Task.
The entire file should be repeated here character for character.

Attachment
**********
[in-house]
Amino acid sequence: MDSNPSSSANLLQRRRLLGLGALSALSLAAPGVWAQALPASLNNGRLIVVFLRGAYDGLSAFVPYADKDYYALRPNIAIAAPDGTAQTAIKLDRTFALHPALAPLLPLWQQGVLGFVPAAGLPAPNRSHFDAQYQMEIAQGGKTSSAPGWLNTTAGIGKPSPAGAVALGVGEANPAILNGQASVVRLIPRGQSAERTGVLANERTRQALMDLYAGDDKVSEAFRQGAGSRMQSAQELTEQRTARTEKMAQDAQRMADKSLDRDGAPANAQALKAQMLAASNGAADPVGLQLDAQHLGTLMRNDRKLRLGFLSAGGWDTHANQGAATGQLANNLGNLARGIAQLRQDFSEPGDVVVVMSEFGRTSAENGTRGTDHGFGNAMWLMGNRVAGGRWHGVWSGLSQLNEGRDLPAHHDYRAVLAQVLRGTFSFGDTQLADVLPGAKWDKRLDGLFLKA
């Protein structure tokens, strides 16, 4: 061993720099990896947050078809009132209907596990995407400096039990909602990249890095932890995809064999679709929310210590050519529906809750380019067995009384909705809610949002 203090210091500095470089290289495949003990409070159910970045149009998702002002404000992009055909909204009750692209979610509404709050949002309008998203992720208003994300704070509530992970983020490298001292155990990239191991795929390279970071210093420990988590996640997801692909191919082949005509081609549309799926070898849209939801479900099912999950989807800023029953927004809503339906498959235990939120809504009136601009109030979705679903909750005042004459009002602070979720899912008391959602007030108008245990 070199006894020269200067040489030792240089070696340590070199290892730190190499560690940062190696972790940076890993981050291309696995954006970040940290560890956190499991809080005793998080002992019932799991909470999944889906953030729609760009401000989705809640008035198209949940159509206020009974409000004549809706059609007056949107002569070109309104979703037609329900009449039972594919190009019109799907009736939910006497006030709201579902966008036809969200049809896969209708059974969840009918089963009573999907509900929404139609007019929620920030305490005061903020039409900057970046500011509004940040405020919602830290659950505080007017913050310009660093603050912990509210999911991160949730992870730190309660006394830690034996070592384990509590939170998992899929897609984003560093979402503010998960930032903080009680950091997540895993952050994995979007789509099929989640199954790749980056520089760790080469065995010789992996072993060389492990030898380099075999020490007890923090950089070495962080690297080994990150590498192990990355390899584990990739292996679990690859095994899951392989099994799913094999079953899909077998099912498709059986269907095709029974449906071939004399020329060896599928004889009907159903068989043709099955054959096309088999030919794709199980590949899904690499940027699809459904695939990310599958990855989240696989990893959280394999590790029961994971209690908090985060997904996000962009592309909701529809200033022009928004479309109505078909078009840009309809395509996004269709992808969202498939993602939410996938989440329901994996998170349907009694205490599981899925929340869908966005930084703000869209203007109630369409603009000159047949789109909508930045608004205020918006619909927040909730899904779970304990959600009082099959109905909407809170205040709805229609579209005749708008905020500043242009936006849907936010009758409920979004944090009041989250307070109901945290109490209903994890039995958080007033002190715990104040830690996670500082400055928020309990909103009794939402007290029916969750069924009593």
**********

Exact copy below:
[in-house]
Amino acid sequence: MDSNPSSSANLLQRRRLLGLGALSALSLAAPGVWAQALPASLNNGRLIVVFLRGAYDGLSAFVPYADKDYYALRPNIAIAAPDGTAQTAIKLDRTFALHPALAPLLPLWQQGVLGFVPAAGLPAPNRSHFDAQYQMEIAQGGKTSSAPGWLNTTAGIGKPSPAGAVALGVGEANPAILNGQASVVRLIPRGQSAERTGVLANERTRQALMDLYAGDDKVSEAFRQGAGSRMQSAQELTEQRTARTEKMAQDAQRMADKSLDRDGAPANAQALKAQMLAASNGAADPVGLQLDAQHLGTLMRNDRKLRLGFLSAGGWDTHANQGAATGQLANNLGNLARGIAQLRQDFSEPGDVVVVMSEFGRTSAENGTRGTDHGFGNAMWLMGNRVAGGRWHGVWSGLSQLNEGRDLPAHHDYRAVLAQVLRGTFSFGDTQLADVLPGAKWDKRLDGLFLKA
């Protein structure tokens, strides 16, 4: 061993720099990896947050078809009132209907596990995407400096039990909602990249890095932890995809064999679709929310210590050519529906809750380019067995009384909705809610949002 203090210091500095470089290289495949003990409070159910970045149009998702002002404000992009055909909204009750692209979610509404709050949002309008998203992720208003994300704070509530992970983020490298001292155990990239191991795929390279970071210093420990988590996640997801692909191919082949005509081609549309799926070898849209939801479900099912999950989807800023029953927004809503339906498959235990939120809504009136601009109030979705679903909750005042004459009002602070979720899912008391959602007030108008245990 070199006894020269200067040489030792240089070696340590070199290892730190190499560690940062190696972790940076890993981050291309696995954006970040940290560890956190499991809080005793998080002992019932799991909470999944889906953030729609760009401000989705809640008035198209949940159509206020009974409000004549809706059609007056949107002569070109309104979703037609329900009449039972594919190009019109799907009736939910006497006030709201579902966008036809969200049809896969209708059974969840009918089963009573999907509900929404139609007019929620920030305490005061903020039409900057970046500011509004940040405020919602830290659950505080007017913050310009660093603050912990509210999911991160949730992870730190309660006394830690034996070592384990509590939170998992899929897609984003560093979402503010998960930032903080009680950091997540895993952050994995979007789509099929989640199954790749980056520089760790080469065995010789992996072993060389492990030898380099075999020490007890923090950089070495962080690297080994990150590498192990990355390899584990990739292996679990690859095994899951392989099994799913094999079953899909077998099912498709059986269907095709029974449906071939004399020329060896599928004889009907159903068989043709099955054959096309088999030919794709199980590949899904690499940027699809459904695939990310599958990855989240696989990893959280394999590790029961994971209690908090985060997904996000962009592309909701529809200033022009928004479309109505078909078009840009309809395509996004269709992808969202498939993602939410996938989440329901994996998170349907009694205490599981899925929340869908966005930084703000869209203007109630369409603009000159047949789109909508930045608004205020918006619909927040909730899904779970304990959600009082099959109905909407809170205040709805229609579209005749708008905020500043242009936006849907936010009758409920979004944090009041989250307070109901945290109490209903994890039995958080007033002190715990104040830690996670500082400055928020309990909103009794939402007290029916969750069924009593």